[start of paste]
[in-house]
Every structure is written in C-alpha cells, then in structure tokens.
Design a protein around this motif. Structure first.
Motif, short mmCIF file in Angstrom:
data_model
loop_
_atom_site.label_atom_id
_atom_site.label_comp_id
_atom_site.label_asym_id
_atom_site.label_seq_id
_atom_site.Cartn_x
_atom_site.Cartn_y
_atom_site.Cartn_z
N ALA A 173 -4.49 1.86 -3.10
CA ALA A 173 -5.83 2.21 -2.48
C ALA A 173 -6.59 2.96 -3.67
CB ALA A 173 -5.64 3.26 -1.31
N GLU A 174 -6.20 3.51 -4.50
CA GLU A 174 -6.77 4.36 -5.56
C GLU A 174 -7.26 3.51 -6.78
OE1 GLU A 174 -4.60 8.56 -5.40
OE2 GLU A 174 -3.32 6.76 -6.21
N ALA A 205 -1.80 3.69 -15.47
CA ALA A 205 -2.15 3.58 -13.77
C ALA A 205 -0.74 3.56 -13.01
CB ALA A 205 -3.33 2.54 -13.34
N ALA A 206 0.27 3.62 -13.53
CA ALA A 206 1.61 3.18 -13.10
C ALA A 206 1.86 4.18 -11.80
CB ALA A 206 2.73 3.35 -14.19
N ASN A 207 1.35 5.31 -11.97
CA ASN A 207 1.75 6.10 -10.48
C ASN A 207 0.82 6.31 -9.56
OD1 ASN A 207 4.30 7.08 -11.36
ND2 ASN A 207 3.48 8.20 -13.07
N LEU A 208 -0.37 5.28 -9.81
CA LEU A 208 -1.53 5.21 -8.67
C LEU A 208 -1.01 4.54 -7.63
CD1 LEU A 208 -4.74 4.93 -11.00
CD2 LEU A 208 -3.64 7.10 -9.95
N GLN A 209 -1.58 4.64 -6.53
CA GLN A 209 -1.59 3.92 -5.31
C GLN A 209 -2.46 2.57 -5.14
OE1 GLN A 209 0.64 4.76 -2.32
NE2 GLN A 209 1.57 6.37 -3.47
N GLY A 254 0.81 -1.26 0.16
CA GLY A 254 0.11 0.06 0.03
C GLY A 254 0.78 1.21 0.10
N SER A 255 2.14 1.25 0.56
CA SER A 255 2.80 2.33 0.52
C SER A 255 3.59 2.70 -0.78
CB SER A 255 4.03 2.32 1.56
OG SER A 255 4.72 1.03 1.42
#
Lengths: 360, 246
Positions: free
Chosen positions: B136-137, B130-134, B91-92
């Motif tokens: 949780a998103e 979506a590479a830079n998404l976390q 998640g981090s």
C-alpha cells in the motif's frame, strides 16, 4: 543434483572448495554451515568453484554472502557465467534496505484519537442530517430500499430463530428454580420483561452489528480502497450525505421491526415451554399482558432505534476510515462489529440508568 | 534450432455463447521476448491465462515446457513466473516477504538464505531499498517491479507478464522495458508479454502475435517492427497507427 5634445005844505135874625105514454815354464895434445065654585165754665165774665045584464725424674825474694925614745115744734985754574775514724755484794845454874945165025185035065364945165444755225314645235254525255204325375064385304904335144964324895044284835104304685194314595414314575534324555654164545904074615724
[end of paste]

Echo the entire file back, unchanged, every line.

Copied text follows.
[in-house]
Every structure is written in C-alpha cells, then in structure tokens.
Design a protein around this motif. Structure first.
Motif, short mmCIF file in Angstrom:
data_model
loop_
_atom_site.label_atom_id
_atom_site.label_comp_id
_atom_site.label_asym_id
_atom_site.label_seq_id
_atom_site.Cartn_x
_atom_site.Cartn_y
_atom_site.Cartn_z
N ALA A 173 -4.49 1.86 -3.10
CA ALA A 173 -5.83 2.21 -2.48
C ALA A 173 -6.59 2.96 -3.67
CB ALA A 173 -5.64 3.26 -1.31
N GLU A 174 -6.20 3.51 -4.50
CA GLU A 174 -6.77 4.36 -5.56
C GLU A 174 -7.26 3.51 -6.78
OE1 GLU A 174 -4.60 8.56 -5.40
OE2 GLU A 174 -3.32 6.76 -6.21
N ALA A 205 -1.80 3.69 -15.47
CA ALA A 205 -2.15 3.58 -13.77
C ALA A 205 -0.74 3.56 -13.01
CB ALA A 205 -3.33 2.54 -13.34
N ALA A 206 0.27 3.62 -13.53
CA ALA A 206 1.61 3.18 -13.10
C ALA A 206 1.86 4.18 -11.80
CB ALA A 206 2.73 3.35 -14.19
N ASN A 207 1.35 5.31 -11.97
CA ASN A 207 1.75 6.10 -10.48
C ASN A 207 0.82 6.31 -9.56
OD1 ASN A 207 4.30 7.08 -11.36
ND2 ASN A 207 3.48 8.20 -13.07
N LEU A 208 -0.37 5.28 -9.81
CA LEU A 208 -1.53 5.21 -8.67
C LEU A 208 -1.01 4.54 -7.63
CD1 LEU A 208 -4.74 4.93 -11.00
CD2 LEU A 208 -3.64 7.10 -9.95
N GLN A 209 -1.58 4.64 -6.53
CA GLN A 209 -1.59 3.92 -5.31
C GLN A 209 -2.46 2.57 -5.14
OE1 GLN A 209 0.64 4.76 -2.32
NE2 GLN A 209 1.57 6.37 -3.47
N GLY A 254 0.81 -1.26 0.16
CA GLY A 254 0.11 0.06 0.03
C GLY A 254 0.78 1.21 0.10
N SER A 255 2.14 1.25 0.56
CA SER A 255 2.80 2.33 0.52
C SER A 255 3.59 2.70 -0.78
CB SER A 255 4.03 2.32 1.56
OG SER A 255 4.72 1.03 1.42
#
Lengths: 360, 246
Positions: free
Chosen positions: B136-137, B130-134, B91-92
């Motif tokens: 949780a998103e 979506a590479a830079n998404l976390q 998640g981090s």
C-alpha cells in the motif's frame, strides 16, 4: 543434483572448495554451515568453484554472502557465467534496505484519537442530517430500499430463530428454580420483561452489528480502497450525505421491526415451554399482558432505534476510515462489529440508568 | 534450432455463447521476448491465462515446457513466473516477504538464505531499498517491479507478464522495458508479454502475435517492427497507427 5634445005844505135874625105514454815354464895434445065654585165754665165774665045584464725424674825474694925614745115744734985754574775514724755484794845454874945165025185035065364945165444755225314645235254525255204325375064385304904335144964324895044284835104304685194314595414314575534324555654164545904074615724